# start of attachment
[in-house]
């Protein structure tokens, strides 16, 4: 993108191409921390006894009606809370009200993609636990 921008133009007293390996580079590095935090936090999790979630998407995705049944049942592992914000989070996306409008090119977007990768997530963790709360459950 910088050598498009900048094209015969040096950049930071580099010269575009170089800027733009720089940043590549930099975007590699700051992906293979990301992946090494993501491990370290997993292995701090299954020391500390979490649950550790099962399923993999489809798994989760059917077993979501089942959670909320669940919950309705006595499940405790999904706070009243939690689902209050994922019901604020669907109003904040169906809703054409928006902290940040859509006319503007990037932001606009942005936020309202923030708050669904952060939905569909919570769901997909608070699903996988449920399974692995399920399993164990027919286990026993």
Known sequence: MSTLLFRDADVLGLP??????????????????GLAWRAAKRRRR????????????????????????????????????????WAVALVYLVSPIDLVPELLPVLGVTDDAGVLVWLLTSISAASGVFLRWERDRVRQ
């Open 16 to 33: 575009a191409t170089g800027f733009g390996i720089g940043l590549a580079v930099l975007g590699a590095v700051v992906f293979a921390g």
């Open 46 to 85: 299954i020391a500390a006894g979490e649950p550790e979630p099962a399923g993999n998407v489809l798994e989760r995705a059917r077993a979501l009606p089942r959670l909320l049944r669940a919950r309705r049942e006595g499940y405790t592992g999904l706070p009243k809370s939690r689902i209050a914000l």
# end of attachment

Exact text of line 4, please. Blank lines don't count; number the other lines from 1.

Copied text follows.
């Open 16 to 33: 575009a191409t170089g800027f733009g390996i720089g940043l590549a580079v930099l975007g590699a590095v700051v992906f293979a921390g």